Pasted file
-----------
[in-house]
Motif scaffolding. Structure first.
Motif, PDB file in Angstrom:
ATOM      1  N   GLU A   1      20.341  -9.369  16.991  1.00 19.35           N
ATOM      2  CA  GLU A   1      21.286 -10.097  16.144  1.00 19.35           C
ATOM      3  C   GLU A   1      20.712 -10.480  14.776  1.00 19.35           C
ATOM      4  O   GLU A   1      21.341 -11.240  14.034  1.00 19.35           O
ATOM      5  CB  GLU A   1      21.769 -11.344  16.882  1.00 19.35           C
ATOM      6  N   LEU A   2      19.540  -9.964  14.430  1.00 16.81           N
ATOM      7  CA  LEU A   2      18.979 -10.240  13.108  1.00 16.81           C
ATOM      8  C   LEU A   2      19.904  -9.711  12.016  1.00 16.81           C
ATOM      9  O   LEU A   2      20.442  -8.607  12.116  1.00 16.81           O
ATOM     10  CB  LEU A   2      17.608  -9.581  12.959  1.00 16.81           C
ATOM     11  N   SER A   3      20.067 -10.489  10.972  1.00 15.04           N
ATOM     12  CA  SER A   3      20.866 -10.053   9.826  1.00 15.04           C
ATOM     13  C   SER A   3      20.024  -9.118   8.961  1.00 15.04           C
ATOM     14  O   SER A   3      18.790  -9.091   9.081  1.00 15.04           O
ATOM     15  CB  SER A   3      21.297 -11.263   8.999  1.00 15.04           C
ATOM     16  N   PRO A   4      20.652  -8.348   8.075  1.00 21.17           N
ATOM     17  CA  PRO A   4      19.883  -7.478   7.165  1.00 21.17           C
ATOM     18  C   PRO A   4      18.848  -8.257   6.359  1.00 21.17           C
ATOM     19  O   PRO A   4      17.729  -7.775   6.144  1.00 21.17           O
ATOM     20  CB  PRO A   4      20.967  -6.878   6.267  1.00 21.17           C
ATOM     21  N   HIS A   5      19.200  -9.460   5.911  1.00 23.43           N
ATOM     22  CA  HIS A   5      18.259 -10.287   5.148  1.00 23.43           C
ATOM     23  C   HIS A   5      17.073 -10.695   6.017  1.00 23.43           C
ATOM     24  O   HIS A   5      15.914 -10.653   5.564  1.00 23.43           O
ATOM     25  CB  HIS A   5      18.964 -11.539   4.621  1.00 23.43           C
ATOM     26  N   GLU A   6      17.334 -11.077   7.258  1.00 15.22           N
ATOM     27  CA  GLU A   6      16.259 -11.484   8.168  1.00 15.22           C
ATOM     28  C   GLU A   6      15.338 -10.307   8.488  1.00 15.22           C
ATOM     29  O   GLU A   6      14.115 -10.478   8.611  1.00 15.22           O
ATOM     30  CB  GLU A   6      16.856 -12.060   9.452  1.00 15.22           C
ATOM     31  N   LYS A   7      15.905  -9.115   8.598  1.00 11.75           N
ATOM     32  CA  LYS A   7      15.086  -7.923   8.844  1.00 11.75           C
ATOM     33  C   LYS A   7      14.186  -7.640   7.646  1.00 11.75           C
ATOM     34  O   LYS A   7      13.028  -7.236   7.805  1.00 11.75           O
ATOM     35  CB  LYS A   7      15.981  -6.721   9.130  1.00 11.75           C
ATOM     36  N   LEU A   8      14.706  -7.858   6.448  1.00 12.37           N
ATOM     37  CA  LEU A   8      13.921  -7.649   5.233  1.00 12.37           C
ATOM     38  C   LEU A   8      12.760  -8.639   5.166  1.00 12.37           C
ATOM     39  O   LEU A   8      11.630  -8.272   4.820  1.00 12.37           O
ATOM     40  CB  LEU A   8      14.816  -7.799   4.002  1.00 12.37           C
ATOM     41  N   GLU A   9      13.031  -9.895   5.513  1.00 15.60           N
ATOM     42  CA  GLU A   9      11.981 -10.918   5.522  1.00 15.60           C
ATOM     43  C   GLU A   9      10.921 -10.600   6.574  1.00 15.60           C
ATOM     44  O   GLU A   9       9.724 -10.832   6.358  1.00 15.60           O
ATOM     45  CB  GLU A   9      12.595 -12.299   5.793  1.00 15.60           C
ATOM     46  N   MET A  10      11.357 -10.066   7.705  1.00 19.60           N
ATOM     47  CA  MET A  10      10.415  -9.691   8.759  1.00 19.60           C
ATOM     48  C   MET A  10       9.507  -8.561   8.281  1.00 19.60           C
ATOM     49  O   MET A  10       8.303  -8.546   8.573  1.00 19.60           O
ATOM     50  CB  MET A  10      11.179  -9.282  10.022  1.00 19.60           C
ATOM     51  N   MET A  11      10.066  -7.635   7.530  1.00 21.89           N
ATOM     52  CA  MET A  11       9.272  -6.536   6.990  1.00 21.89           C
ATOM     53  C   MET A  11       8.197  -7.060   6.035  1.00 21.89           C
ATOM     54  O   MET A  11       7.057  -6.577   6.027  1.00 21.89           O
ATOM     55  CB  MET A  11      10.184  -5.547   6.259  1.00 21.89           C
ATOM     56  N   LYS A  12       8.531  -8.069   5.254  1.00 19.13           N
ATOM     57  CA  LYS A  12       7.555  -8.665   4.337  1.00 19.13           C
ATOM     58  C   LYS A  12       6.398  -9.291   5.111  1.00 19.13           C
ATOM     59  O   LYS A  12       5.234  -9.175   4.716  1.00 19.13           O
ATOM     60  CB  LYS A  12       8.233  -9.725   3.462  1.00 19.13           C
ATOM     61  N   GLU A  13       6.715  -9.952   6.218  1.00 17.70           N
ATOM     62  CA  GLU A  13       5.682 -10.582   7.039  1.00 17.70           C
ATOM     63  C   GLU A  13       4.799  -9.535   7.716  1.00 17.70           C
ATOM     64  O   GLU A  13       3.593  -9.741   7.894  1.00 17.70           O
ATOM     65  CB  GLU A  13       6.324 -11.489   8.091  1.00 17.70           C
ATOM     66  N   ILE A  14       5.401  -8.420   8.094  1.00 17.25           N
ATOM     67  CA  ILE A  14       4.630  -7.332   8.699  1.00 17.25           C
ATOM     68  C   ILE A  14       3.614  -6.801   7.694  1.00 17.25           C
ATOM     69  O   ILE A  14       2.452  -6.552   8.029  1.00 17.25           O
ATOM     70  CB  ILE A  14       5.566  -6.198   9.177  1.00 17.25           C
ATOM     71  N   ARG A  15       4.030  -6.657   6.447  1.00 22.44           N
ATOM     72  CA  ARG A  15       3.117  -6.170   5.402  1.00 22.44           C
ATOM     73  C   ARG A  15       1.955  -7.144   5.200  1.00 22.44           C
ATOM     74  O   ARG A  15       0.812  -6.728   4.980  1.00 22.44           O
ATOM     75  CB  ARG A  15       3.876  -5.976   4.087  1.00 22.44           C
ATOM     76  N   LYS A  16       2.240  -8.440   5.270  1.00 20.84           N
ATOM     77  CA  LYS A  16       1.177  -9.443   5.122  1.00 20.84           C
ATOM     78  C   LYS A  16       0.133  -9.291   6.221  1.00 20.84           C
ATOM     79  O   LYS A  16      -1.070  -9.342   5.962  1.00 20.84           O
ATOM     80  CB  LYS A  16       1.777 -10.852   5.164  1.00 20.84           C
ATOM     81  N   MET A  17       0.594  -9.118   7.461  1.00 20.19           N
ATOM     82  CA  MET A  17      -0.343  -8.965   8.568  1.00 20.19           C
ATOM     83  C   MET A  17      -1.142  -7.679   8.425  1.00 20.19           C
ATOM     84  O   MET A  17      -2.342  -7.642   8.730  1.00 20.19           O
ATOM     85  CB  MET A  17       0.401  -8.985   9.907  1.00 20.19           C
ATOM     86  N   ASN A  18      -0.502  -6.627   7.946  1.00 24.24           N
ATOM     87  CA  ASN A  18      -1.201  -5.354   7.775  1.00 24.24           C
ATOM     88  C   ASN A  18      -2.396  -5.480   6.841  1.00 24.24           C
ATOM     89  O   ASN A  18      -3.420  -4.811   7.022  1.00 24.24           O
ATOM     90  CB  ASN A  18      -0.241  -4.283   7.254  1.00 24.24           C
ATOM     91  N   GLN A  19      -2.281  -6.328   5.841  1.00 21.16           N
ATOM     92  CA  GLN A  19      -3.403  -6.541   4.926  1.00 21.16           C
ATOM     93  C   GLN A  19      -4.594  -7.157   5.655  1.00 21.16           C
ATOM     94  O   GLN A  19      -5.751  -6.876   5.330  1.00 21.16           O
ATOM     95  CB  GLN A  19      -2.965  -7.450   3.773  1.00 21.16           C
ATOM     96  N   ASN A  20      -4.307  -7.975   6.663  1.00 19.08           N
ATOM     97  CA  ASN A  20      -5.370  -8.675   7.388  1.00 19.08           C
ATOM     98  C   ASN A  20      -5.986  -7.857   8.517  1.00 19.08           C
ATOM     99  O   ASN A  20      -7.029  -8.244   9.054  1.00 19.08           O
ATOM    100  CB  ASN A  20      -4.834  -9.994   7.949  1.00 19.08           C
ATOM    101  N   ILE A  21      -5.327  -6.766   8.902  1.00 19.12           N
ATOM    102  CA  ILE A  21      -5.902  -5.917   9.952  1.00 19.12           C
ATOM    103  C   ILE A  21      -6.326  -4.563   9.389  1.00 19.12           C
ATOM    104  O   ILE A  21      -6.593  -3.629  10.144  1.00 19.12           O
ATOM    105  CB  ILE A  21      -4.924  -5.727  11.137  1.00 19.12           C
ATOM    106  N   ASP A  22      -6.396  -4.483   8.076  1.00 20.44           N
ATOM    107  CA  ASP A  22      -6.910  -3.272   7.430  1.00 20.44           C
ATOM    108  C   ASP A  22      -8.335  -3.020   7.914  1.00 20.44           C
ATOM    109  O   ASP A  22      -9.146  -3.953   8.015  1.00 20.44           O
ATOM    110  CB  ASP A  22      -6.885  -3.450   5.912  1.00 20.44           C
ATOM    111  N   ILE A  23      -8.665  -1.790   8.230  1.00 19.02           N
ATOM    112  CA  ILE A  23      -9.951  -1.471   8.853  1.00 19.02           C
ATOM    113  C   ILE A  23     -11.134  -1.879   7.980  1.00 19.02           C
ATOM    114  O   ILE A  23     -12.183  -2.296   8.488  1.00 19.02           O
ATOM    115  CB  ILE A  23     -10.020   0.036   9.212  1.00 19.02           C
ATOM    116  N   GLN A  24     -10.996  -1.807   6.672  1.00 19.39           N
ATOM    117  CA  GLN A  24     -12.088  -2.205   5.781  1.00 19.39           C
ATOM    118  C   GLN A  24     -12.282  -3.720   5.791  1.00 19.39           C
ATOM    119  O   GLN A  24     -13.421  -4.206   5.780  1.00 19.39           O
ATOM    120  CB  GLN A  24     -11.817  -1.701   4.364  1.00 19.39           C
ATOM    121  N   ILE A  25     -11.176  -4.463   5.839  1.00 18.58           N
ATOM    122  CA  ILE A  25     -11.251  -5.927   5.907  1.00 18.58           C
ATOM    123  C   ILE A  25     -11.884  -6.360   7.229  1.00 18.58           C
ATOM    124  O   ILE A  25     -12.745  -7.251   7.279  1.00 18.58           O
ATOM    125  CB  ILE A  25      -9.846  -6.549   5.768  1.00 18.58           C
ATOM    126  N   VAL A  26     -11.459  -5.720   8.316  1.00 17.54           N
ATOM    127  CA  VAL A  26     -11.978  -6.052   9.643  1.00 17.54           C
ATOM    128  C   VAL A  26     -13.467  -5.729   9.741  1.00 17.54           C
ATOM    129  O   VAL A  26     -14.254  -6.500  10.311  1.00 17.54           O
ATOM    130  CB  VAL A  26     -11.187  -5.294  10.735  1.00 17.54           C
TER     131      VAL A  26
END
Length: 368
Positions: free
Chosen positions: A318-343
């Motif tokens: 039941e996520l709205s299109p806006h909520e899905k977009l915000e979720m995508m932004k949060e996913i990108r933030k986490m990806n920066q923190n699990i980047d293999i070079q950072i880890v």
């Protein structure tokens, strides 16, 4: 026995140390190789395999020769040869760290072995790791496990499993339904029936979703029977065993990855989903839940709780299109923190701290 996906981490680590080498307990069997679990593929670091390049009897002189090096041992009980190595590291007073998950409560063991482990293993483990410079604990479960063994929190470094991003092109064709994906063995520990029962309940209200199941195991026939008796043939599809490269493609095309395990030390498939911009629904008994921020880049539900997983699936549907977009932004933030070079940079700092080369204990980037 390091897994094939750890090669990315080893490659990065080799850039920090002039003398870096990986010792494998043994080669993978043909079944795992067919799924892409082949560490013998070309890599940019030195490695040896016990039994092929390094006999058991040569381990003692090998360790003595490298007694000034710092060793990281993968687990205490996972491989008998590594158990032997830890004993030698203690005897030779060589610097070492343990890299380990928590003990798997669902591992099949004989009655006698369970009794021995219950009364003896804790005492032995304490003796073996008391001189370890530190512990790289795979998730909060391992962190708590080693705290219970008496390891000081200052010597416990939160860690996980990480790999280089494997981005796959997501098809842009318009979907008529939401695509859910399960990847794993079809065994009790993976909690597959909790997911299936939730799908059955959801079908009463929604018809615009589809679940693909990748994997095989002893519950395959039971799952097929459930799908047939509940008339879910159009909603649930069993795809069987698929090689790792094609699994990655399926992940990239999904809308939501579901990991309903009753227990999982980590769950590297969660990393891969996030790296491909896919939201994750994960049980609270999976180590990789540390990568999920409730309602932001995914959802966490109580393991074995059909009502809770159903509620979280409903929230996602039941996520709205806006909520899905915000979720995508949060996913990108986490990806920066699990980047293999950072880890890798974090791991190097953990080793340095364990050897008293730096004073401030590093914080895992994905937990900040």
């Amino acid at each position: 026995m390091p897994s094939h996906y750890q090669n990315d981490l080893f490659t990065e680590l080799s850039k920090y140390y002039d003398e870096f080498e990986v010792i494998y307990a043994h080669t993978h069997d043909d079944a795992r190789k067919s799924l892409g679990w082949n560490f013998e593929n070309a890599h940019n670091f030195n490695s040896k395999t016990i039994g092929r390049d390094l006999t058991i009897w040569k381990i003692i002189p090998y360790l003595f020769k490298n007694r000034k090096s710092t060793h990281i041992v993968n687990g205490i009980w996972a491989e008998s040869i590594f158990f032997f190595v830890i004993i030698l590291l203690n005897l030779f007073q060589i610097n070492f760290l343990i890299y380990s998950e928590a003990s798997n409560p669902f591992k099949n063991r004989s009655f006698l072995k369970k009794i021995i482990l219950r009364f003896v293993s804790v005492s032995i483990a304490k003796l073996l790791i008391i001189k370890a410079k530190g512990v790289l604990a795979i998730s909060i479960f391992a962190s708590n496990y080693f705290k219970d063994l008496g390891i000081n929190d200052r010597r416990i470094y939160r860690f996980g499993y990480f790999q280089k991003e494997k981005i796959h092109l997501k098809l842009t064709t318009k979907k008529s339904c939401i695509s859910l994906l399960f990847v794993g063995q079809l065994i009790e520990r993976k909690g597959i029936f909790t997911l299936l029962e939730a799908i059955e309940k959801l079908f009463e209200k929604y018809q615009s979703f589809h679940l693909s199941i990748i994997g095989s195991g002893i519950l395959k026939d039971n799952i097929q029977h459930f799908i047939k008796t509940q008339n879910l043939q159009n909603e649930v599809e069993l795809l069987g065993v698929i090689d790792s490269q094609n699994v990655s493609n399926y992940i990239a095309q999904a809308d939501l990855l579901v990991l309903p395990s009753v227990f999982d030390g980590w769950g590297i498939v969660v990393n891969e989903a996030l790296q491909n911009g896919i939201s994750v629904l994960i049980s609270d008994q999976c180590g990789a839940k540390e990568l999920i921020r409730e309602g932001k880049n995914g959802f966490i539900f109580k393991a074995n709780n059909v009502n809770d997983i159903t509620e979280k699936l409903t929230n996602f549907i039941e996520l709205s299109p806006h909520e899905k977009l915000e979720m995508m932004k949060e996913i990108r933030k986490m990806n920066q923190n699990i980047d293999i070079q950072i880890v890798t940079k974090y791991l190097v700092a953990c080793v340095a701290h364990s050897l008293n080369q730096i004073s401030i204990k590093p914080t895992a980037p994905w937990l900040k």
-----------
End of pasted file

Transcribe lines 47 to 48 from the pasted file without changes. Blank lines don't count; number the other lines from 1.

ATOM     44  O   GLU A   9       9.724 -10.832   6.358  1.00 15.60           O
ATOM     45  CB  GLU A   9      12.595 -12.299   5.793  1.00 15.60           C